“Today the game is rigged— rigged to work for those who have money and power. Big corporations hire armies of lobbyists to get billion-dollar loopholes into the tax system and persuade their friends in Congress to support laws that keep the playing field tilted in their favor. Meanwhile, hardworking families are told that they’ll just have to live with smaller dreams for their children.”
5. Republicans want to cut back on use of “our government’s money” on seniors and kids
“How we spend our government’s money is about values, and it’s about choices. We could cut back on what we spend on seniors and kids and education, as the Republicans in Congress insisted we should. Or we could get rid of tax loopholes and ask the wealthy and big corporations to pay a little more and keep investing in our future. How we spend our money isn’t some absurdly complicated math problem. It’s about choices.”
6. “Invest in one another”
“We built this country by striking out on new adventures and propelling ourselves forward on a path we named progress. Along the way, we learned that when we invest in one another, when we build schools and roads and research labs, we build a better future— a better future for ourselves and our children and our grandchildren.”
7. Pay your fair share for equality
“Equality. Opportunity. The pursuit of happiness. An America that builds something better for the next kid and the kid after that and the kid after that. No one is asking for a handout. All we want is a country where everyone pays a fair share, a country where we build opportunities for all of us; a country where everyone plays by the same rules and everyone is held accountable. And we have begun to fight for it. I believe in us. I believe in what we can do together, in what we will do together.”
8. Gun control “for the children”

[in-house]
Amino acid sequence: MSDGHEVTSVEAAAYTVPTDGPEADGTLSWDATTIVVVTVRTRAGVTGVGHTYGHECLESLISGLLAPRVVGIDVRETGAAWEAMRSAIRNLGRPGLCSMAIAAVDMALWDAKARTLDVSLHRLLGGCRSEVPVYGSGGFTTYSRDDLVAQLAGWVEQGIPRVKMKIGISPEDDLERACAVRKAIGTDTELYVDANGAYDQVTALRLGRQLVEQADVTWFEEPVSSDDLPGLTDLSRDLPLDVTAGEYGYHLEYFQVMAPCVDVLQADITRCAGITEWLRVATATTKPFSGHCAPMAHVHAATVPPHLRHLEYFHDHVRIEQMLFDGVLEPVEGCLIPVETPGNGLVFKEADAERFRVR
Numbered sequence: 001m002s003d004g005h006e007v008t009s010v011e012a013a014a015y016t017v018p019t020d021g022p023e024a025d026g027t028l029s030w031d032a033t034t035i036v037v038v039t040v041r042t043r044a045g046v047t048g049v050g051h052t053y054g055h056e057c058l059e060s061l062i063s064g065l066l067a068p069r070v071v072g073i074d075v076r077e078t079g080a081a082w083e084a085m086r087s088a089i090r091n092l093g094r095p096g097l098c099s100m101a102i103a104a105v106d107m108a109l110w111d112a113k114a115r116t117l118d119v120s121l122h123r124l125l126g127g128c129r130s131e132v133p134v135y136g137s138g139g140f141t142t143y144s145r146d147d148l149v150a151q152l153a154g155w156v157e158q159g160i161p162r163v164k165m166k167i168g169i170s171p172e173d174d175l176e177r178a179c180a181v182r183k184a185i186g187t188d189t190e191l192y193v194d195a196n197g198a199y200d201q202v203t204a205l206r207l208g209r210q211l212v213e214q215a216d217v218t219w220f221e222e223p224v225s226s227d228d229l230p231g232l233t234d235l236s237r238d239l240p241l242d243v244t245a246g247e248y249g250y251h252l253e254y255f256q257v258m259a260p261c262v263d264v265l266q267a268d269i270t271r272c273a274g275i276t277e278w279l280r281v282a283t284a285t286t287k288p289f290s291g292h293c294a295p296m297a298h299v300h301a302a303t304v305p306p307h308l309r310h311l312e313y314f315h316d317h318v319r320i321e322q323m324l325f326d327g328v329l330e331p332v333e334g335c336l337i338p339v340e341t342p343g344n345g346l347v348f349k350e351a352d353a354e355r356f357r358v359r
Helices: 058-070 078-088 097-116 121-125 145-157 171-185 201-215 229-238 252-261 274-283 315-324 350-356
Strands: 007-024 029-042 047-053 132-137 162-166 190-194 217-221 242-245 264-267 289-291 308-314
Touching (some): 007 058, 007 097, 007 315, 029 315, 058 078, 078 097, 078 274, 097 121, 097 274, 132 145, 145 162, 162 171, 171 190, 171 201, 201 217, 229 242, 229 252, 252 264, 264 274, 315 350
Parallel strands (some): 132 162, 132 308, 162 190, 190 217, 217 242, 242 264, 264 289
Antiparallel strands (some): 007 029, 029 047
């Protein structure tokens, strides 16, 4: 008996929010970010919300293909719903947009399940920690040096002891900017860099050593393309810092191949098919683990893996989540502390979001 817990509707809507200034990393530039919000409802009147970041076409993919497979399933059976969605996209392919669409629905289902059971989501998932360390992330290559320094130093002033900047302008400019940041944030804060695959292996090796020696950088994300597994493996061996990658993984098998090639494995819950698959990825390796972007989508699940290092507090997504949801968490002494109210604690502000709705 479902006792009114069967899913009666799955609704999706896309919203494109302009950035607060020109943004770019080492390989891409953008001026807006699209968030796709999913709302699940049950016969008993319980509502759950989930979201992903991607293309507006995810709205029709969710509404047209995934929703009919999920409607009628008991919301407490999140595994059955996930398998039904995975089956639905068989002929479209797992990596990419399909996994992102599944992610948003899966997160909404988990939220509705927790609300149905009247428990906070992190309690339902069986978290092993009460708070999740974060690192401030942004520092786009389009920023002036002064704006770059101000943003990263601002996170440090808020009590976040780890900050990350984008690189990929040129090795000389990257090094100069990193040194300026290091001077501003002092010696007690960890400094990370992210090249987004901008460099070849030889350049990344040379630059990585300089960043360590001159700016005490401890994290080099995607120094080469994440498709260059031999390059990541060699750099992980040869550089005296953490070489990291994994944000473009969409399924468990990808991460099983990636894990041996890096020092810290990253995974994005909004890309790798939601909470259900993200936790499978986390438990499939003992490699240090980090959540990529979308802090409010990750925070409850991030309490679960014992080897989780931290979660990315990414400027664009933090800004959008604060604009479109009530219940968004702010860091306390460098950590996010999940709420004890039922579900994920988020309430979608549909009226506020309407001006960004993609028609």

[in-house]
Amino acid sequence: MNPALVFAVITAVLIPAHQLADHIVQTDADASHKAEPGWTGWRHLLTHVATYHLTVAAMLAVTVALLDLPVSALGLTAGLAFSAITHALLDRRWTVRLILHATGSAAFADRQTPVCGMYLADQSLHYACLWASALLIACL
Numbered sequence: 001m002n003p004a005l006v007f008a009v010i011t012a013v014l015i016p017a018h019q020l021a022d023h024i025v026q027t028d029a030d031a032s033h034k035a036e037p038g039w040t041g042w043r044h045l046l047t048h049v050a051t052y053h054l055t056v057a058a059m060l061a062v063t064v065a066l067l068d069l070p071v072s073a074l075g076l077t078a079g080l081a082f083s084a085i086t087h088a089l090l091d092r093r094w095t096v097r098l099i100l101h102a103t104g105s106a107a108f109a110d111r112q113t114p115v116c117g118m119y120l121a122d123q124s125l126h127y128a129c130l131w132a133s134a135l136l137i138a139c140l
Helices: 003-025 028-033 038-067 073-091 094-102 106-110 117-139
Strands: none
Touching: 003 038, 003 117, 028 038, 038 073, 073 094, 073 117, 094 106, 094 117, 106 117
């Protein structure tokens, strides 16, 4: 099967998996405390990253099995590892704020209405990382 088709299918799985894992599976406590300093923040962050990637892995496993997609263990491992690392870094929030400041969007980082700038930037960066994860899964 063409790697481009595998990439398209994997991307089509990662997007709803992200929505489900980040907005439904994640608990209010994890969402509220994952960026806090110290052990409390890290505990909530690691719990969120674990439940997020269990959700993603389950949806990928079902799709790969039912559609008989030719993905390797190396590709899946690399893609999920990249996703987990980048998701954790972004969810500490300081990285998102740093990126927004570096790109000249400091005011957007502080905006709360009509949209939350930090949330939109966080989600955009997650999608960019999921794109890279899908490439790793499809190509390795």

“We lose eight children and teenagers to gun violence every day. If a mysterious virus suddenly started killing eight of our children every day, America would mobilize teams of doctors and public health officials. We would move heaven and earth until we found a way to protect our children. But not with gun violence. The politics surrounding this issue make me want to tear my hair out. I know that Americans care fiercely about keeping our kids safe. So why do we toss common sense out the window when it comes to protecting our kids from gun violence?”
9. “Economic security” for the poor and middle class
“The challenges faced by poor families attempting to build economic security are far more extreme, but the same erosion of investment in the future that is hollowing out America’s middle class is also destroying the more limited opportunities that poorer families have to pull themselves forward. Much of what I was fighting for in an effort to rebuild the middle class—education, a thriving economy with good jobs, a level playing field where everyone pays their share—would provide an enormous boost to those in poverty as well. Building opportunity is about building it for everyone. It comes back to the same question: Do we take care of some of our children, or do we build opportunity for all our children?”
10. The party of oil companies and other corporations doesn’t reflect the values of the American people
“Republicans think it’s fine to give billions of dollars in tax breaks to giant oil companies and corporations that park their money overseas, even as medical research budgets are hit by another round of cuts and care centers have long waiting lists. But those spending choices don’t reflect the values of the American people.”